Kali Akuno of Cooperation Jackson reflects on the movement for the Movement for BlackLives after the Dallas shootings. Recorded at the Common Bound conference in Buffalo for The Laura Flanders Show and New Economy Coalition
“With under 5 percent of the world’s people, the US accounts for 25 percent of the planet’s prisoners. More than half its 2.2 million prisoners come from the one eighth of its population which is black. Today, an astounding 3 percent of all African Americans languish in prisons and jails, and nearly as many more are on probation, parole, bail, house arrest or court supervision… Right now, the shadow of prison squats at the corners of, and often at the center of nearly every black family’s life in this nation.”
Yesterday President Obama repeated some of these same figures, and they are pretty much the same. Total US prisoners are still 2.2 or 2.3 million, and a slight drop in the black incarceration rate makes us now a little less instead of a little more than half, but the overall picture is unchanged in a decade. The president then announced the release of forty-some nonviolent federal drug offenders out of a total of about 70,000, and stopped in at a federal prison Thursday. The same day, ex-president Bill Clinton offered a half-hearted “apology” for his 1990s crime bills, which he admitted “set the stage” for state and federal governments to nearly double the US prison population.
Why? Why did President Obama wait six and a half years into his presidency to say the basic damning numbers and free a token handful of drug war prisoners? And how come Bill Clinton, fifteen years out of office chose this week to publicly admit that black mass incarceration was maybe not the best public policy?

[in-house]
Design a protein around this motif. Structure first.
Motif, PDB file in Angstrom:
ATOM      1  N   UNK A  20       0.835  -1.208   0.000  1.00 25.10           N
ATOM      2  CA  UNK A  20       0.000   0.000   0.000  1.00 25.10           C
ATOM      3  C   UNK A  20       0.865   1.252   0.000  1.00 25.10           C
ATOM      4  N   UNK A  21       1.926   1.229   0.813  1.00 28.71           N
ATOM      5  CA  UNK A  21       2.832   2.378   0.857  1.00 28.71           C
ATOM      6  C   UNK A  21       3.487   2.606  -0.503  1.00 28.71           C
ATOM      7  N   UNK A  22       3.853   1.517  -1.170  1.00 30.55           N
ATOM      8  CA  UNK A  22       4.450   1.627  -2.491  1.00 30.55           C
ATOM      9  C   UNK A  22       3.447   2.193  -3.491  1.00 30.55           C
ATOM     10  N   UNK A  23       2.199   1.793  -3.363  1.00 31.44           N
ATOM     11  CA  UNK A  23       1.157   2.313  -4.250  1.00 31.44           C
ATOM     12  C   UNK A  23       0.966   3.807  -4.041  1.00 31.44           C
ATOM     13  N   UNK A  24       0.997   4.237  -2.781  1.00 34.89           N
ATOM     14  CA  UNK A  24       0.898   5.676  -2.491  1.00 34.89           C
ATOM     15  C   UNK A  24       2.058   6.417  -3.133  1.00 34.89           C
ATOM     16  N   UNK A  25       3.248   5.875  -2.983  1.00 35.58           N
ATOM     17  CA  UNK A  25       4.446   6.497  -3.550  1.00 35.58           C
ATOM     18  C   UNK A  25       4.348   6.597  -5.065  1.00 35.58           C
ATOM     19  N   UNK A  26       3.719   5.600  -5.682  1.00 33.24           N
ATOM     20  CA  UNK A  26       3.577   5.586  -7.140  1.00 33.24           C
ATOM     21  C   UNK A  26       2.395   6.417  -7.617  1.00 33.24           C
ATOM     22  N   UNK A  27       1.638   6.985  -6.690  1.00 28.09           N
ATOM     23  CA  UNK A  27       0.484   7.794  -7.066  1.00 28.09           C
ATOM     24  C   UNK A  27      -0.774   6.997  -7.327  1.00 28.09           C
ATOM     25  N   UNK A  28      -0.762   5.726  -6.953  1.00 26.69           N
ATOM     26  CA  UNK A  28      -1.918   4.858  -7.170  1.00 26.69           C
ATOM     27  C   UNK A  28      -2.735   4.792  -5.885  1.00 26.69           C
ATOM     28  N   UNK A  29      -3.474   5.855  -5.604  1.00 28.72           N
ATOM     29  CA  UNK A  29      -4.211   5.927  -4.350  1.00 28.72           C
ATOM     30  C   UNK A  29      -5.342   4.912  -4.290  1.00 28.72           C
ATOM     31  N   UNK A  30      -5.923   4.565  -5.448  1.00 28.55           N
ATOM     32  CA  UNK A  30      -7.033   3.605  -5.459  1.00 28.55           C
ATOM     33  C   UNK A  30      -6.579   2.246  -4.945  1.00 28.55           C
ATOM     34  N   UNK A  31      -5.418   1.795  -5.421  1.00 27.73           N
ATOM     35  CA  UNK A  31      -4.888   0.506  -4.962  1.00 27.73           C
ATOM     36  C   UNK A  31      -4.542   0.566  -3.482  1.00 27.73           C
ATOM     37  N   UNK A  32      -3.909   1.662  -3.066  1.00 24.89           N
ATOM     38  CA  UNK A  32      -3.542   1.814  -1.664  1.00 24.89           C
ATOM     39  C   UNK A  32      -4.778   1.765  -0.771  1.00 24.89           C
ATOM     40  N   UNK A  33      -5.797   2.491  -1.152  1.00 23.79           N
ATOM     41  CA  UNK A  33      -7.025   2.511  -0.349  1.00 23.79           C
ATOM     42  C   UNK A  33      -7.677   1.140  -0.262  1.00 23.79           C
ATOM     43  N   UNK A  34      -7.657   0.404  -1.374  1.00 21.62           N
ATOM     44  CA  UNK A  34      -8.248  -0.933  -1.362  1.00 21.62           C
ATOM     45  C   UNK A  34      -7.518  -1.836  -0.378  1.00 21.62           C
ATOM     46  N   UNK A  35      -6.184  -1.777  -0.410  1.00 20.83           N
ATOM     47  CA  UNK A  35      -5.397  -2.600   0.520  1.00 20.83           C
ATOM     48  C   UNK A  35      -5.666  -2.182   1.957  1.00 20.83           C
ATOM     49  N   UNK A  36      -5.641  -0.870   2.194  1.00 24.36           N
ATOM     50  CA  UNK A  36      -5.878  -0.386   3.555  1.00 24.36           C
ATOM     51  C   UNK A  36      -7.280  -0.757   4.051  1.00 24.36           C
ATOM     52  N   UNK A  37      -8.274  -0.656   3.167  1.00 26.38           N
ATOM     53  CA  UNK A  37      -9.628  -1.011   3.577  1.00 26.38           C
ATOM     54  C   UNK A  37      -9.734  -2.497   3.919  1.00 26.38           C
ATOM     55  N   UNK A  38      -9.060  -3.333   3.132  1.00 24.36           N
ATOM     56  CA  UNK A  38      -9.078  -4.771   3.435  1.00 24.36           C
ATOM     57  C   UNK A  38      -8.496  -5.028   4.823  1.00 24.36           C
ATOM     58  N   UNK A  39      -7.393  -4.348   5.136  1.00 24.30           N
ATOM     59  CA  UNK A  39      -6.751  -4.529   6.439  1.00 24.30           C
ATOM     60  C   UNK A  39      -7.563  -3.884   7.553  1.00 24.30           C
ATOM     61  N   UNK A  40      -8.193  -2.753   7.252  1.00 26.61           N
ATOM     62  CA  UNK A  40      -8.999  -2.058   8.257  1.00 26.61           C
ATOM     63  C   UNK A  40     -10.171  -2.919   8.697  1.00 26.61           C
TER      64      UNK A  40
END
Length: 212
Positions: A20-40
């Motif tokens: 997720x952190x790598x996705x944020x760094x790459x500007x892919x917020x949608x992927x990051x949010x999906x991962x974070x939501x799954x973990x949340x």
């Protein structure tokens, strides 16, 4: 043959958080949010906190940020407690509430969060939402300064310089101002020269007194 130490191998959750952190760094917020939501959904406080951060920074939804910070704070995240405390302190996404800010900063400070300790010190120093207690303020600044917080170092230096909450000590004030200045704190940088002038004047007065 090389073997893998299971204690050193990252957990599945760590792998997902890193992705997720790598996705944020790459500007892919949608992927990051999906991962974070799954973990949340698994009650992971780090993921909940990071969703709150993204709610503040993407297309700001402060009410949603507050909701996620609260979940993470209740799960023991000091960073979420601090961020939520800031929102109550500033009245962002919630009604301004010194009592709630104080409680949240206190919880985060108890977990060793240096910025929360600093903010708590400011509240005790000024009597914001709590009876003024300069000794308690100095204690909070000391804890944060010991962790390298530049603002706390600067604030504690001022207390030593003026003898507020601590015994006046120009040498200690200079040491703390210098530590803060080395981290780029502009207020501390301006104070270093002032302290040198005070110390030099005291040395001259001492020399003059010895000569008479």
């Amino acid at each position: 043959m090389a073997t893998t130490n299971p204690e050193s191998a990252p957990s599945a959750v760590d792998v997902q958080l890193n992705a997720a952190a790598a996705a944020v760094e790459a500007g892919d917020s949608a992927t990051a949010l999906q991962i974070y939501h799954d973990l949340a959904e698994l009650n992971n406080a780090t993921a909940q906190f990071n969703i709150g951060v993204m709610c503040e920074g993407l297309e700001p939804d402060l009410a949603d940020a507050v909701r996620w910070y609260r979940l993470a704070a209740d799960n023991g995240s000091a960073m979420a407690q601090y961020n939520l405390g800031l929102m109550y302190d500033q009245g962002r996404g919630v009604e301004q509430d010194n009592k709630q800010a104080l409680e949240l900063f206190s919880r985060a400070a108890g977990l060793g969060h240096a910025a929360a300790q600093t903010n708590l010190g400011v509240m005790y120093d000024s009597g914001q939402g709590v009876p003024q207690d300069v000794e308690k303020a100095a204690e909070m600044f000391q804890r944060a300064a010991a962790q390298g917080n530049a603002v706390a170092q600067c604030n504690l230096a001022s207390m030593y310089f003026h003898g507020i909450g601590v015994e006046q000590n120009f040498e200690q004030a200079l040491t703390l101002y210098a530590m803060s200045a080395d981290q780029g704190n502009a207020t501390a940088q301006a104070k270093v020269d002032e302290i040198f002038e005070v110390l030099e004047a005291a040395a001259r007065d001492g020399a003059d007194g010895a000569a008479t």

Sky Valley Chronicle, December 7, 2014
(MONROE, WA.) — Five days ago Op-Ed writer Eugene Robinson wrote a piece for the Washington Post called, “What America’s police departments don’t want you to know.”
In that piece he provided information that many Americans may never have been exposed to — data relating to police shootings of civilians across the country.
Robinson came to the conclusion the death of unarmed black teen Michael Brown in Ferguson, Missouri at the hands of a white police officer was not an isolated incident.
It was part of what Robinson called, “A tragic and unacceptable pattern: Police officers in the United States shoot and kill civilians in shockingly high numbers.”
How many civilians are shot to death every year by police? Nobody really knows, says Robinson because “police departments don’t want us to know.” Continue reading
(CNN) — Once again, the streets are electric with anger after a white police officer evades charges for fatally shooting a black man. Sirens screech and wood batons push back marchers protesting from Missouri to New York to Los Angeles. This time the cadence of “No Justice, No Peace” has been replaced with “Hand’s Up. Don’t Shoot.”
But there was another sign raised above the crowd in a recent protest in New York: “Doing Nothing with Saying Nothing. Changes Nothing.” The mathematics of this one are clear. Something’s gotta give.